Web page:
Re: G-S-D support wireless/touchpad switch

Dan Williams wrote:
On Thu, 2008-11-27 at 10:30 +0800, Lin Ma wrote:
Jens Granseuer wrote:
On 26.11.2008 19:36, Bastien Nocera wrote:
On Wed, 2008-11-26 at 18:40 +0100, Jens Granseuer wrote:
One alternative way to do it might be to show a
"do you want to kill wireless?" popup, and only if the
hotkey is pressed a second time while the window is
visible actually kill it.

I think that's at least better than adding controls.
The question is whether it's feasible to do it that
way without adding text to the OSD, though.
NetworkManager and bluez-gnome already have support for killing those
network interfaces. Why do we want another handler?
Do they support hotkey? Furthermore do they support the input of switching on/off from Hal or X server? I hope g-s-d to support hotkeys rather than the functionality to "killing them". If these tools export the interfaces, g-s-d hotkey implementation should use them.

NM (via the kernel and HAL) supports 3 of the 4 types of killswitches.
The fourth type (like Fn+F5 on Thinkpads), which are pure input buttons,
are not currently handled by anything that I know of.
Yes, I mean to support the pure input buttons rather than the "killswitches".
Supporting pure input button killswitches requires something in the user
session (bluez?  nm-applet?) intercepting the key event from X or
wherever and performing a particular action.  On Windows, that usually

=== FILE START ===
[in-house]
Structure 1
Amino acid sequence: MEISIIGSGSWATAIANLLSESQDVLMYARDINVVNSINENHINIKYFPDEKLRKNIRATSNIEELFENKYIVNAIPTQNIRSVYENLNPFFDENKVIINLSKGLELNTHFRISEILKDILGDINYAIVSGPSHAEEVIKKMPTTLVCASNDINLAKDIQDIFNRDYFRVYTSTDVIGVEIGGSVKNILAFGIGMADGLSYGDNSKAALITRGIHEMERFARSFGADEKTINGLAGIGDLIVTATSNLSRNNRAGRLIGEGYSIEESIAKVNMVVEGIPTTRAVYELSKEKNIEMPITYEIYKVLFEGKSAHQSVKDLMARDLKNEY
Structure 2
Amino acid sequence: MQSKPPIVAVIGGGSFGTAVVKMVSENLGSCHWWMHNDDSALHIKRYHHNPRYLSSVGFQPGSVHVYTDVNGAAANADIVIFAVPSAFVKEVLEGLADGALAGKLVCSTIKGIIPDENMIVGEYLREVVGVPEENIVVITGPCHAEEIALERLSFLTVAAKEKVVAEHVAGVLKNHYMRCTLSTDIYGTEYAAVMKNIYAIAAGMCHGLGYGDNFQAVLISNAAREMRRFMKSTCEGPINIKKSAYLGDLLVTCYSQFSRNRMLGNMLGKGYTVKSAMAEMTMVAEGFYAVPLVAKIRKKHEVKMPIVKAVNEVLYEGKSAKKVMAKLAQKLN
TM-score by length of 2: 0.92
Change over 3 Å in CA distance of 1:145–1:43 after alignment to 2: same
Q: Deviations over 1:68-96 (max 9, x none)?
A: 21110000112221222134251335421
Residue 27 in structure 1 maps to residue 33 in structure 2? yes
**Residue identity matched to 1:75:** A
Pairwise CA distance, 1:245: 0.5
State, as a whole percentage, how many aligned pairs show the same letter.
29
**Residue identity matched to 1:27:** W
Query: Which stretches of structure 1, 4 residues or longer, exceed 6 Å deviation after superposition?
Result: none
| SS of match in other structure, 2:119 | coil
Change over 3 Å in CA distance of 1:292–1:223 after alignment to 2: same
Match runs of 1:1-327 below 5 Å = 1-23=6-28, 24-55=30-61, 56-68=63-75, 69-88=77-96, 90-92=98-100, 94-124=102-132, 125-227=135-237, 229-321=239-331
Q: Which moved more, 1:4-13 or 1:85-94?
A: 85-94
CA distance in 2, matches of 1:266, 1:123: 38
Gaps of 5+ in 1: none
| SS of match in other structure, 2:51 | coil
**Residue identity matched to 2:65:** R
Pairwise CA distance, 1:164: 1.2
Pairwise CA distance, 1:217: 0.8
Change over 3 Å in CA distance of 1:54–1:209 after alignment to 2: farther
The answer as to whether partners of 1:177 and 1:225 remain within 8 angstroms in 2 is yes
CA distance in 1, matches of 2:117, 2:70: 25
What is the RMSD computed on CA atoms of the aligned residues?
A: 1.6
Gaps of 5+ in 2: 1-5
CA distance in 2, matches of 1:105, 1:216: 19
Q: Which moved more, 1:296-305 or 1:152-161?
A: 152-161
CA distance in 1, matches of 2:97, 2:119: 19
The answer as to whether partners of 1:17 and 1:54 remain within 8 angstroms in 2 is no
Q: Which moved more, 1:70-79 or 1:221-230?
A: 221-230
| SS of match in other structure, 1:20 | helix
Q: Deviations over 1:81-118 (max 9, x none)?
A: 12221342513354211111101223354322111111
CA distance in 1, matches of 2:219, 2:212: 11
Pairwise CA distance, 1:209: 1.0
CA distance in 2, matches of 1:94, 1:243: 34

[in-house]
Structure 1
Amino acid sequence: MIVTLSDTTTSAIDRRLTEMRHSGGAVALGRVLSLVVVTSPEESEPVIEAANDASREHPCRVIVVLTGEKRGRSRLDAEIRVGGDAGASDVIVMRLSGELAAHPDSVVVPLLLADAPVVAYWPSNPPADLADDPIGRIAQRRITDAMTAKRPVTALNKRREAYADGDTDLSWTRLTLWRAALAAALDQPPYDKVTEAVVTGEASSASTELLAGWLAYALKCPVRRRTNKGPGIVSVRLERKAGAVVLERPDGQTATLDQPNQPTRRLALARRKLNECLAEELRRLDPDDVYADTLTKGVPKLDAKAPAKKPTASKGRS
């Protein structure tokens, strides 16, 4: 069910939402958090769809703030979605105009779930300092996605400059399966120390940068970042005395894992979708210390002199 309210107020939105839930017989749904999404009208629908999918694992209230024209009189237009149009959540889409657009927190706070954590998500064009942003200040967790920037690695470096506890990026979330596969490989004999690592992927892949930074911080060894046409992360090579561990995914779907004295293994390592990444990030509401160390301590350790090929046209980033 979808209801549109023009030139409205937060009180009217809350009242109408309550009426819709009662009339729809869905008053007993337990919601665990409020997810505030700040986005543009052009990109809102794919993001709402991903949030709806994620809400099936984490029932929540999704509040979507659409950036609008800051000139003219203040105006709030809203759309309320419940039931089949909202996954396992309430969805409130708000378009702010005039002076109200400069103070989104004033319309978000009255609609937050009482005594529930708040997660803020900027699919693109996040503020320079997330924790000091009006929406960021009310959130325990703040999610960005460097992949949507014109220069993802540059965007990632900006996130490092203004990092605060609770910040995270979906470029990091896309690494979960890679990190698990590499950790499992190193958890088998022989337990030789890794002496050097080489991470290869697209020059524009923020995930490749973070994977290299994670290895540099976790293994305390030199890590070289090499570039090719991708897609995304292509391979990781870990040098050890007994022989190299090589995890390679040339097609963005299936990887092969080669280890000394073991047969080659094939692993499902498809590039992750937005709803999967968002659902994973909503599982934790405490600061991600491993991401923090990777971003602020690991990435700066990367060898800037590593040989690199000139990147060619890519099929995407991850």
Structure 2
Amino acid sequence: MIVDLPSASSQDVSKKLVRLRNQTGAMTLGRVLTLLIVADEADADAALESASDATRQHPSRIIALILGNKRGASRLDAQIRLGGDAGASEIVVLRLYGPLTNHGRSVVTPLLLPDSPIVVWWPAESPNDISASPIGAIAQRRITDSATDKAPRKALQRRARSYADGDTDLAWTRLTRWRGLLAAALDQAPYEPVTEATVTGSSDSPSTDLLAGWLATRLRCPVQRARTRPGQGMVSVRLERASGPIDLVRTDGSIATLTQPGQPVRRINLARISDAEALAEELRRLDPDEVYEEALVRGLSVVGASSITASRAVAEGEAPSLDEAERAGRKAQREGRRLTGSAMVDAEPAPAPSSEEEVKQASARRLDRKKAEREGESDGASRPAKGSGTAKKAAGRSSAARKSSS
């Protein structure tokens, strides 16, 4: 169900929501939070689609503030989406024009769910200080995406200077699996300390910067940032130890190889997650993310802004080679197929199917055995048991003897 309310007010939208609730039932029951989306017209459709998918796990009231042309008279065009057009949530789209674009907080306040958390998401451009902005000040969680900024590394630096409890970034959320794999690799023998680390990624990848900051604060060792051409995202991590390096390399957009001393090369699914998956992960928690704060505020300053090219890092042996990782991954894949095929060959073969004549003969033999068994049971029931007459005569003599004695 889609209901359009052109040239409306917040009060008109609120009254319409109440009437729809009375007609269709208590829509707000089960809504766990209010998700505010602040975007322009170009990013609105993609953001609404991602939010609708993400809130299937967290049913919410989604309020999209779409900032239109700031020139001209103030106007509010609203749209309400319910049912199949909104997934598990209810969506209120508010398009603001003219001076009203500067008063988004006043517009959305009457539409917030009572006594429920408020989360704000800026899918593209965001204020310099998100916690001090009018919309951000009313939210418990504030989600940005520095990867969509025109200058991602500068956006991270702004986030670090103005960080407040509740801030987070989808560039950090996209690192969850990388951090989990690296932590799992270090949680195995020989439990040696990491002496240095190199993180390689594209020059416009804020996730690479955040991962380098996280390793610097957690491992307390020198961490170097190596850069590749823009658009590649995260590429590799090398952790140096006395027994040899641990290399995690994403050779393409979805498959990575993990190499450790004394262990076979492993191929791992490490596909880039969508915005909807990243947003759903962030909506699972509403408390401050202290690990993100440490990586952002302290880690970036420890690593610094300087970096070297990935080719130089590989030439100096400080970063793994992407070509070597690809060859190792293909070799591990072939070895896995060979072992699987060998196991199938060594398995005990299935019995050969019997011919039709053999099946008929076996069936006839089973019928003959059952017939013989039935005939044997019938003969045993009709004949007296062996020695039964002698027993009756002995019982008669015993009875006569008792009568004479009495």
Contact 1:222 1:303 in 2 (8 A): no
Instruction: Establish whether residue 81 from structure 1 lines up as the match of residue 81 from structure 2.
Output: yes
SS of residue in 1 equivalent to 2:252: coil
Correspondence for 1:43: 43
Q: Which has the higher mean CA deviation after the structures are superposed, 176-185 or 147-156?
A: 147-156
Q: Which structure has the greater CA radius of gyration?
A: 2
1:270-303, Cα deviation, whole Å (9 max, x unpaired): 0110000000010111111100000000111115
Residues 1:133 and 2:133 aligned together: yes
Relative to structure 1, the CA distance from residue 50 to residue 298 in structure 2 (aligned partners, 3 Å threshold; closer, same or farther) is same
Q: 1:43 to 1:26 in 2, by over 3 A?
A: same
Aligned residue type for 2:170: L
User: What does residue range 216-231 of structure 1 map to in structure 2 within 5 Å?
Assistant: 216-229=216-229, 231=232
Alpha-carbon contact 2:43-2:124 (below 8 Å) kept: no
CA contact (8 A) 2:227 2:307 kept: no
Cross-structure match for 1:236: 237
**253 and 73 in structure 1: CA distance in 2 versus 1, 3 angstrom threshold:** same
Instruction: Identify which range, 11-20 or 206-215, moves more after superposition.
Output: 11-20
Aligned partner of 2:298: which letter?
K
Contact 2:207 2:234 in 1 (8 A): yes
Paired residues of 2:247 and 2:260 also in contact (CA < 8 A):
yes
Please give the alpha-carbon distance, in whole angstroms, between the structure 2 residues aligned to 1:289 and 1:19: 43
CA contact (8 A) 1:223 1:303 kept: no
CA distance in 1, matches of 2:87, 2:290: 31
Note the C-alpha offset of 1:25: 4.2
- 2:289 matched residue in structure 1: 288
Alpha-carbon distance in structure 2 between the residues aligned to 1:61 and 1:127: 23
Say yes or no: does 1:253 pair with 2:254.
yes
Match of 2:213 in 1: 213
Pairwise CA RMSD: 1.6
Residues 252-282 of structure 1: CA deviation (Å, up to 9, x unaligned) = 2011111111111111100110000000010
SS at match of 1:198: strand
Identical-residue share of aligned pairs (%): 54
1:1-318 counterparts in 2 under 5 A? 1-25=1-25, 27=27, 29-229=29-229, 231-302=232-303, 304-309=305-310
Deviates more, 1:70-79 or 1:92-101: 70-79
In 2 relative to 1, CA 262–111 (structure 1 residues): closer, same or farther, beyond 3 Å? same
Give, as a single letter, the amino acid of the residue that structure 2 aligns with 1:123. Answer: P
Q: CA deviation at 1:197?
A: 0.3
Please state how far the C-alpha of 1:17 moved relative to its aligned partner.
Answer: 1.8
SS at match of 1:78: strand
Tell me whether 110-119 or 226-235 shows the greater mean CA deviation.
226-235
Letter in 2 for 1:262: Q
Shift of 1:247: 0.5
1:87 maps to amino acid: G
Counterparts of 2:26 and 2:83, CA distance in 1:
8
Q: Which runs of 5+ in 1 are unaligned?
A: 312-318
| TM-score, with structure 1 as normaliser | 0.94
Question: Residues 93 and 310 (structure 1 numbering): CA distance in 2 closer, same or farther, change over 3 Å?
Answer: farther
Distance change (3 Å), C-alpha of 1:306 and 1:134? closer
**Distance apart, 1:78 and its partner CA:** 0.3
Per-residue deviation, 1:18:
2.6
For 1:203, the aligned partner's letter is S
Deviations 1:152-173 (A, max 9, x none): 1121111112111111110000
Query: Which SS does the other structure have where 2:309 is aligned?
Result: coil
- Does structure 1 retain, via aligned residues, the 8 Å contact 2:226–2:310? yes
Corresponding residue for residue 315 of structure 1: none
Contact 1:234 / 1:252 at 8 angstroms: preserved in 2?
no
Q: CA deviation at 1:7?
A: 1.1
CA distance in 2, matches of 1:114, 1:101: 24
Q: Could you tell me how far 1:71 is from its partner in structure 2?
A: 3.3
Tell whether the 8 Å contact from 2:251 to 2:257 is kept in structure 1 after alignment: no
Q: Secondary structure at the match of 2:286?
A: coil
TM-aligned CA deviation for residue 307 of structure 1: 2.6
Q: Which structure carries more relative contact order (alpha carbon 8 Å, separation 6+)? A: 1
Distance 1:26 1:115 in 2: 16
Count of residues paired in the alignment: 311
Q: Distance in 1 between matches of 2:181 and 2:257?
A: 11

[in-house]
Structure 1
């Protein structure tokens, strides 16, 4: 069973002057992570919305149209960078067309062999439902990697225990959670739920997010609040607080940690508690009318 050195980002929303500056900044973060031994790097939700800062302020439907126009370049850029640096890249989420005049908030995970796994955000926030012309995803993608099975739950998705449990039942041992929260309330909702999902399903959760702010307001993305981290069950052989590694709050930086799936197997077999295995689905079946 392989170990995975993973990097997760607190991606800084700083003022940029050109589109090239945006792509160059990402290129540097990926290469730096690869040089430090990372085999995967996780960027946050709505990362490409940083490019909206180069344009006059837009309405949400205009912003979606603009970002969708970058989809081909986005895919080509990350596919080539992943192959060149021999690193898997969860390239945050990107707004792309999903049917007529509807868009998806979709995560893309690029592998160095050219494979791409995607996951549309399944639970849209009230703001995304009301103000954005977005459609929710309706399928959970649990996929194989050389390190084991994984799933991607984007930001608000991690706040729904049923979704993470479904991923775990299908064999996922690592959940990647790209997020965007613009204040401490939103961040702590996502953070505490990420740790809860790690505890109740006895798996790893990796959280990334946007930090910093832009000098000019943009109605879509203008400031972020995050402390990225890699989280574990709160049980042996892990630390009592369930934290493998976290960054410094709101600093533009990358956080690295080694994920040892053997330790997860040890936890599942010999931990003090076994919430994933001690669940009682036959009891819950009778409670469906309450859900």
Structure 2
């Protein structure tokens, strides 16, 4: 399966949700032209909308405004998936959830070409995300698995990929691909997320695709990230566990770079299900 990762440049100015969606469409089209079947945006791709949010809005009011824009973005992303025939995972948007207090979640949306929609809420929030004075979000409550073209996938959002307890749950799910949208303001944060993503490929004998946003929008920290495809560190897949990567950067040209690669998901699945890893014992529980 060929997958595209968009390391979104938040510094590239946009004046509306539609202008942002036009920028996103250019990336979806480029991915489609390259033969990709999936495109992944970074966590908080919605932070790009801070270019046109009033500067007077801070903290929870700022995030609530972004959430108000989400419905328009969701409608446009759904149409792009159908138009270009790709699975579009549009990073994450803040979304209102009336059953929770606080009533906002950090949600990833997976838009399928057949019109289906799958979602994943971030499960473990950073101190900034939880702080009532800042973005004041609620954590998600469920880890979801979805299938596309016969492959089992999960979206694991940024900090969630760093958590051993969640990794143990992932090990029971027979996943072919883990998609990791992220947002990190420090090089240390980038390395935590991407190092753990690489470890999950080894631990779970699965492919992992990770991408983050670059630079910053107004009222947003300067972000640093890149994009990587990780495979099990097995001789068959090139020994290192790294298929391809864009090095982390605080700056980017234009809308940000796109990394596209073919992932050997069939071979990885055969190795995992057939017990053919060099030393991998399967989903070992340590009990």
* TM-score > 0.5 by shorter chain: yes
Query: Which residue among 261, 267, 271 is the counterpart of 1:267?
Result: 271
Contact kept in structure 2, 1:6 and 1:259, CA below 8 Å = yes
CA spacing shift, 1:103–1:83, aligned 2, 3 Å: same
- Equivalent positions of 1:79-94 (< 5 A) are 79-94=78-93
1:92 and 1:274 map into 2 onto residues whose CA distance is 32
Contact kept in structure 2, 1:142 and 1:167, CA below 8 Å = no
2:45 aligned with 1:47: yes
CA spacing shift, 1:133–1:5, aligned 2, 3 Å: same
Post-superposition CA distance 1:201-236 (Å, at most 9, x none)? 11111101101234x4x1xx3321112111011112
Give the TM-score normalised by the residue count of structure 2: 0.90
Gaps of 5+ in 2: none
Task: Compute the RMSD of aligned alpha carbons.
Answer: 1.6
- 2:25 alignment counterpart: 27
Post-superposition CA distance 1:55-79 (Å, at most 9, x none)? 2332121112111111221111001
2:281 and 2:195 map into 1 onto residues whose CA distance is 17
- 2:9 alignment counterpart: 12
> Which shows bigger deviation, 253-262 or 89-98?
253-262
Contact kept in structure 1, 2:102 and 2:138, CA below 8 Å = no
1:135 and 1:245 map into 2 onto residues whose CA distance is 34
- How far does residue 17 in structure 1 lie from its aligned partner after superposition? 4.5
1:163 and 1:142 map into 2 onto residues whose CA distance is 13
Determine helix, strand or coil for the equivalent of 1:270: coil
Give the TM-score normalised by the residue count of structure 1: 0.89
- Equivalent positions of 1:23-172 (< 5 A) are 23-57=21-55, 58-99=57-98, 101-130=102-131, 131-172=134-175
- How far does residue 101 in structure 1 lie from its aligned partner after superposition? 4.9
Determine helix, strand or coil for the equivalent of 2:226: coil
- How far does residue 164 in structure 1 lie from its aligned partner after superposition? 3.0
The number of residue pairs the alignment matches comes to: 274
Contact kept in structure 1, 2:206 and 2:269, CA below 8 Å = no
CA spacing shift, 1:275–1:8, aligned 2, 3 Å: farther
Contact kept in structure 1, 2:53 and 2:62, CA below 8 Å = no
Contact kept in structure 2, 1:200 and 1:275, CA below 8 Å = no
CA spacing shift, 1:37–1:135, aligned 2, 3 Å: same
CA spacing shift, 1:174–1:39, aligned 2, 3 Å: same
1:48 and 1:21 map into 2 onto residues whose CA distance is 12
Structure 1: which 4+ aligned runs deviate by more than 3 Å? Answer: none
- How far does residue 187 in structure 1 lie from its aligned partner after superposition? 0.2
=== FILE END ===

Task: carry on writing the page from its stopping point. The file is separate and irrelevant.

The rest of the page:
means bringing up a dialog asking you exactly which devices you want to
kill.  Maybe we can improve on that, I don't know.
Right. And there are similar keys on other laptops, e.g. touchpad switch. I just need figure out how to enhance it. It seems no one reject the implementation goes into g-s-d, then I could think about how to do that. Does anyone have any ideas about the usabilities?
I tend to think that neither nm-applet nor bluez should handle the pure
input key killswitch case, because it's not any one type of device that
may need to be killed.  Hitting Fn+F5 isn't tied to a physical switch,
thus it could mean Wifi, WWAN, or Bluetooth, or all at the same time.
Whatever handles that keypress could certainly use D-Bus to poke both NM
and Bluez to turn stuff on/off as appropriate.
Agree. And agree to talk NM, Bluez if they has those interfaces on D-Bus. But there is a problem that nm, bluez are not probably available on other Unix, at least on Solaris.



I suppose we don't. To arrive at that conclusion one
has to know that somebody else is doing the job already,
though. Which is (among other things) why we're having this
discussion on the ml.


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